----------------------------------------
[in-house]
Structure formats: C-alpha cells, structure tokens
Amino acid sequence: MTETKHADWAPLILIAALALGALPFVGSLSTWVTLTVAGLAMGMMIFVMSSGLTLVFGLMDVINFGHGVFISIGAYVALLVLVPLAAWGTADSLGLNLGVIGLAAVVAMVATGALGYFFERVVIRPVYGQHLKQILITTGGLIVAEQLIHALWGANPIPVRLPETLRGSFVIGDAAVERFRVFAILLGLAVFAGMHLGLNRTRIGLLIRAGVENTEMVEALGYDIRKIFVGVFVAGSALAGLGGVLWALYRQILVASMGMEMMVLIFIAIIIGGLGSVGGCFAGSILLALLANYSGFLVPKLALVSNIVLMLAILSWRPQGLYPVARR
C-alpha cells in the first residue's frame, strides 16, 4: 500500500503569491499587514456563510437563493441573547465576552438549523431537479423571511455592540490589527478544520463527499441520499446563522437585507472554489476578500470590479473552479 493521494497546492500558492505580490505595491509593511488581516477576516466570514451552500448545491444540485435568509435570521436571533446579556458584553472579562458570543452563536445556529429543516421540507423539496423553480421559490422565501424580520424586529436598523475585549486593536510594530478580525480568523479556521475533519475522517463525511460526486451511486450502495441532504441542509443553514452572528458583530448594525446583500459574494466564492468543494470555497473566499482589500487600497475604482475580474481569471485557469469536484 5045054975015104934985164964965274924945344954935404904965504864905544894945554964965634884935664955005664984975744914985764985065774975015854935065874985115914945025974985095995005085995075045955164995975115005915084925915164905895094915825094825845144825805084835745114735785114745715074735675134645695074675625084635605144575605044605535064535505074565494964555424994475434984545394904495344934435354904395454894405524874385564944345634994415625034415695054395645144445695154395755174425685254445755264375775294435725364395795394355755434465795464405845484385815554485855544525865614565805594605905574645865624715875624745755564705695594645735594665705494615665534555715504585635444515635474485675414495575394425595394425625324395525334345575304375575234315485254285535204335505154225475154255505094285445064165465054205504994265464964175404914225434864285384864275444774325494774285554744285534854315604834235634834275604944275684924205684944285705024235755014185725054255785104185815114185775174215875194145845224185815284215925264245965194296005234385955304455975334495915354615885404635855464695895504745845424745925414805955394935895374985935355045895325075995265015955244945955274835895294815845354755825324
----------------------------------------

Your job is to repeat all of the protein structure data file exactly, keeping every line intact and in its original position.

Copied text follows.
[in-house]
Structure formats: C-alpha cells, structure tokens
Amino acid sequence: MTETKHADWAPLILIAALALGALPFVGSLSTWVTLTVAGLAMGMMIFVMSSGLTLVFGLMDVINFGHGVFISIGAYVALLVLVPLAAWGTADSLGLNLGVIGLAAVVAMVATGALGYFFERVVIRPVYGQHLKQILITTGGLIVAEQLIHALWGANPIPVRLPETLRGSFVIGDAAVERFRVFAILLGLAVFAGMHLGLNRTRIGLLIRAGVENTEMVEALGYDIRKIFVGVFVAGSALAGLGGVLWALYRQILVASMGMEMMVLIFIAIIIGGLGSVGGCFAGSILLALLANYSGFLVPKLALVSNIVLMLAILSWRPQGLYPVARR
C-alpha cells in the first residue's frame, strides 16, 4: 500500500503569491499587514456563510437563493441573547465576552438549523431537479423571511455592540490589527478544520463527499441520499446563522437585507472554489476578500470590479473552479 493521494497546492500558492505580490505595491509593511488581516477576516466570514451552500448545491444540485435568509435570521436571533446579556458584553472579562458570543452563536445556529429543516421540507423539496423553480421559490422565501424580520424586529436598523475585549486593536510594530478580525480568523479556521475533519475522517463525511460526486451511486450502495441532504441542509443553514452572528458583530448594525446583500459574494466564492468543494470555497473566499482589500487600497475604482475580474481569471485557469469536484 5045054975015104934985164964965274924945344954935404904965504864905544894945554964965634884935664955005664984975744914985764985065774975015854935065874985115914945025974985095995005085995075045955164995975115005915084925915164905895094915825094825845144825805084835745114735785114745715074735675134645695074675625084635605144575605044605535064535505074565494964555424994475434984545394904495344934435354904395454894405524874385564944345634994415625034415695054395645144445695154395755174425685254445755264375775294435725364395795394355755434465795464405845484385815554485855544525865614565805594605905574645865624715875624745755564705695594645735594665705494615665534555715504585635444515635474485675414495575394425595394425625324395525334345575304375575234315485254285535204335505154225475154255505094285445064165465054205504994265464964175404914225434864285384864275444774325494774285554744285534854315604834235634834275604944275684924205684944285705024235755014185725054255785104185815114185775174215875194145845224185815284215925264245965194296005234385955304455975334495915354615885404635855464695895504745845424745925414805955394935895374985935355045895325075995265015955244945955274835895294815845354755825324